Last night I attended a live performance of the most popular of Mozart’s operas: The Magic Flute. It is a tale of a princess’s love won by willingly facing death for her. It portrays this risk as the cost of good prevailing over evil.
Most classical composers wrote on biblical themes, extolling the worship of God and His love and salvation for humankind. I believe Mozart never did. Yet this story expresses human longing for an end to evil, exploring the cost of redemption and final union.
This opera, like many classical fantasy tales, is theological. It points to an end of evil and a final state of security. The “once upon a time” points to the present for us. “Happily ever after,” points to a future bliss, the hope of every breast in this sin-ravaged world.
All these stories present one overall lesson. Most of the stories kill, destroy, or banish the source of evil—the big bad wolf, the wicked witch, and so on. If the wolf hadn’t been killed, Red Riding Hood would never be safe.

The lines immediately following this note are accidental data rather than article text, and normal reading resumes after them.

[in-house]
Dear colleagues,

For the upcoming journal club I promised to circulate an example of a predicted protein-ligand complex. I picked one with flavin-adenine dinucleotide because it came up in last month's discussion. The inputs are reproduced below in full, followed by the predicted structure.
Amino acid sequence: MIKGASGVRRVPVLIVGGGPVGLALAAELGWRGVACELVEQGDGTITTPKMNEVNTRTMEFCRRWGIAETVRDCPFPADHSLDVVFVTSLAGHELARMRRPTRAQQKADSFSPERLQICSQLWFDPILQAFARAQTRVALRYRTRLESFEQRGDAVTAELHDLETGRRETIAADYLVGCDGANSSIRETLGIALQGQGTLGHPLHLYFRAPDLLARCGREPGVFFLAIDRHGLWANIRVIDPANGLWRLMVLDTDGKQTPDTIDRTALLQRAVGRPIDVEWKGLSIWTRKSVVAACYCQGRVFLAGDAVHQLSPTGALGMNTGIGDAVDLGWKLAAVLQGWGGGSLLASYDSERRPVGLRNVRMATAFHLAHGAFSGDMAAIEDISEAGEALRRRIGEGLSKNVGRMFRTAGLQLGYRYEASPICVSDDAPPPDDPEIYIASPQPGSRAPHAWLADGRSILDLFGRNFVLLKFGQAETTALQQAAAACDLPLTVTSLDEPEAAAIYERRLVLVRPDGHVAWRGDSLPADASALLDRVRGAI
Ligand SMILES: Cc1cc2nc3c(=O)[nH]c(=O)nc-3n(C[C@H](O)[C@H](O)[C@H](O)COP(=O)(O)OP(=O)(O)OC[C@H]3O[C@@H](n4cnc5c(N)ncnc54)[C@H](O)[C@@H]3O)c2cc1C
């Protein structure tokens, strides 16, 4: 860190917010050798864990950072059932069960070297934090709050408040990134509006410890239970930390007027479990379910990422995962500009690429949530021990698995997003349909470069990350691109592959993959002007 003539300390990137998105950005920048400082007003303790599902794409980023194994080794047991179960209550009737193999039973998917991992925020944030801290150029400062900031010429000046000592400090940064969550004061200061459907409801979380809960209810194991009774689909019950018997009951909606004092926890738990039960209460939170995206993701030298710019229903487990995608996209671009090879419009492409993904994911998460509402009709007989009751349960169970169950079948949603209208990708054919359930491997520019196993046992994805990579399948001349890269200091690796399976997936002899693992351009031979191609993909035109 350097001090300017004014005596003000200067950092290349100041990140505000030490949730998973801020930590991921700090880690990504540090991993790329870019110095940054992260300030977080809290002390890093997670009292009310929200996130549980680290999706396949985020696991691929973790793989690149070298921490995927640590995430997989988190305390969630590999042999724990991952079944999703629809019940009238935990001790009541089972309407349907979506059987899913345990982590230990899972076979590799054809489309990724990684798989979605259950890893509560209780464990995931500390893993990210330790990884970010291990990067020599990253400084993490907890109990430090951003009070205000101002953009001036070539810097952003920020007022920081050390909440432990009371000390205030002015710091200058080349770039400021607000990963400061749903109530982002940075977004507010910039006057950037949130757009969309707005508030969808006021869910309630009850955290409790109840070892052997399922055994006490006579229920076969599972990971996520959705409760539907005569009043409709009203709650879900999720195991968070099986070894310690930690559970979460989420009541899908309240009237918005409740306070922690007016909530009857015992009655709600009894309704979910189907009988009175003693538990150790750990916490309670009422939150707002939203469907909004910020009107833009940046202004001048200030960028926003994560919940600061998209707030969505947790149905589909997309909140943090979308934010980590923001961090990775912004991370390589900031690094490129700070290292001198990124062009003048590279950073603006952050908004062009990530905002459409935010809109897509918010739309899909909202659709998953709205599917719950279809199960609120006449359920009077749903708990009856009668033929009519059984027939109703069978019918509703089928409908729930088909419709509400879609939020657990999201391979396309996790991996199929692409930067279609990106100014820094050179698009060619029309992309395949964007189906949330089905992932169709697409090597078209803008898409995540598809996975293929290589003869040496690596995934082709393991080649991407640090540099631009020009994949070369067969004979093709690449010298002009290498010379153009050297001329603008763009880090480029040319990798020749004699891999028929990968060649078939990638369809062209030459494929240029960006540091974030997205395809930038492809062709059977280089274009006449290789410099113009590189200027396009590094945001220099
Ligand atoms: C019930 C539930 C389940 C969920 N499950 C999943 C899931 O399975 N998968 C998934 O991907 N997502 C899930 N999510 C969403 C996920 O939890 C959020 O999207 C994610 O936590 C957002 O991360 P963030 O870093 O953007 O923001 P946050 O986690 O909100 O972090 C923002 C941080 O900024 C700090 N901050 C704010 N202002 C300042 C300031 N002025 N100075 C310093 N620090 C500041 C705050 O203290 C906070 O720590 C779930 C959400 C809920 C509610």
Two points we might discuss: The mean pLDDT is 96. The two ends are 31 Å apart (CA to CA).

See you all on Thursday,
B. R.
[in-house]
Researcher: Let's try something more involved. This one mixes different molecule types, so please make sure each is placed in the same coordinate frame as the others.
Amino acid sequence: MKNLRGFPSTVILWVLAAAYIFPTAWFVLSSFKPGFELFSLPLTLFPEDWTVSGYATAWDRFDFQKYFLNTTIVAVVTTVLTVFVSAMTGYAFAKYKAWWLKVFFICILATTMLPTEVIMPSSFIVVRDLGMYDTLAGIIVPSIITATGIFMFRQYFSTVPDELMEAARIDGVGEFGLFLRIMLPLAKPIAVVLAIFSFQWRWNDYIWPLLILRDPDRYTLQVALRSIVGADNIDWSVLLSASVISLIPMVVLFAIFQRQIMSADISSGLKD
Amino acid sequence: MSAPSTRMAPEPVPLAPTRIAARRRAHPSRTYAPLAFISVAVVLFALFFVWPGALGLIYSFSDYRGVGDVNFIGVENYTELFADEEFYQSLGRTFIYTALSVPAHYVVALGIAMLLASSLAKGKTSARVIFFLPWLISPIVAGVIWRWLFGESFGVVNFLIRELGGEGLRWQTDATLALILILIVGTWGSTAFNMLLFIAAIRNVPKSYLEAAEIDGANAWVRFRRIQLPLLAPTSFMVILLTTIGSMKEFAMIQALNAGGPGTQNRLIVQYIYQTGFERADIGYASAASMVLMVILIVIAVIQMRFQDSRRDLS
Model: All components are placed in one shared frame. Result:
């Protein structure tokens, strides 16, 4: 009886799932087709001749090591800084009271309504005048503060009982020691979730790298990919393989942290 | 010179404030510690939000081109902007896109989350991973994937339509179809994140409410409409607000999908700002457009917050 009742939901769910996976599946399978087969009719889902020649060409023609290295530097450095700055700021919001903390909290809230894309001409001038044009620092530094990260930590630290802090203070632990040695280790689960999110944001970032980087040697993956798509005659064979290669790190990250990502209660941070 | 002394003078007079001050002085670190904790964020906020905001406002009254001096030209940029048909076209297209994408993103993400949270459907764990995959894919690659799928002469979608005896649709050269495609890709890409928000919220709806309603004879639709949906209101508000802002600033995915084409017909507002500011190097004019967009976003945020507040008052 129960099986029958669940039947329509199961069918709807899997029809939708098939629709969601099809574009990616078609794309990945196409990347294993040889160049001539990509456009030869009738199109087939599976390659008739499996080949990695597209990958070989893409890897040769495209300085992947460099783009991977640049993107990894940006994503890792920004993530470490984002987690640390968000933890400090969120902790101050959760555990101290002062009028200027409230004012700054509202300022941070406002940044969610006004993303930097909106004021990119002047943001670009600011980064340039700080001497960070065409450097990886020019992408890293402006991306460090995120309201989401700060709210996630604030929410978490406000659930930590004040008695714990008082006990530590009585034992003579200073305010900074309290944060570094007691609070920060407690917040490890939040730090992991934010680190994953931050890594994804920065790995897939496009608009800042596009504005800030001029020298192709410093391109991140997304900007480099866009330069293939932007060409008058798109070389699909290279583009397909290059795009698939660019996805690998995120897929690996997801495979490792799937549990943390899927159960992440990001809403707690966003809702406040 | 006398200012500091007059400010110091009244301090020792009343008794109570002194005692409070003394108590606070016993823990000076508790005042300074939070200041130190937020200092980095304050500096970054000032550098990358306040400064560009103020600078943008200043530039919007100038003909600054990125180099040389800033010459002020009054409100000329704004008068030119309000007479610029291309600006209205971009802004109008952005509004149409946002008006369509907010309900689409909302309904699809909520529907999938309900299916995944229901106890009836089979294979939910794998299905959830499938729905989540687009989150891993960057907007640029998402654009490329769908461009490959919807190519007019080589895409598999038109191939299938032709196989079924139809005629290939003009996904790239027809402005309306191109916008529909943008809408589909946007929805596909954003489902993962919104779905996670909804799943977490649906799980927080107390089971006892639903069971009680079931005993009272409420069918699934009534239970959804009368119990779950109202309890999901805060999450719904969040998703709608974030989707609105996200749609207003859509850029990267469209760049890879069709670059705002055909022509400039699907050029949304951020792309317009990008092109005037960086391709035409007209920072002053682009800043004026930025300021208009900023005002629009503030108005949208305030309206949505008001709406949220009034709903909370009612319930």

The Bible tells this story, but it doesn’t depend on human effort or goodness which will never bring about the end of evil. Hope can only be realized when an ultimate power outside ourselves intervenes to defeat evil.
The Christian faith alone places our future on God’s hands, not our efforts or actions. God Himself, in Jesus the Messiah, faced death, and conquered death, to assure our future. Such is the cost for our secure and permanent future.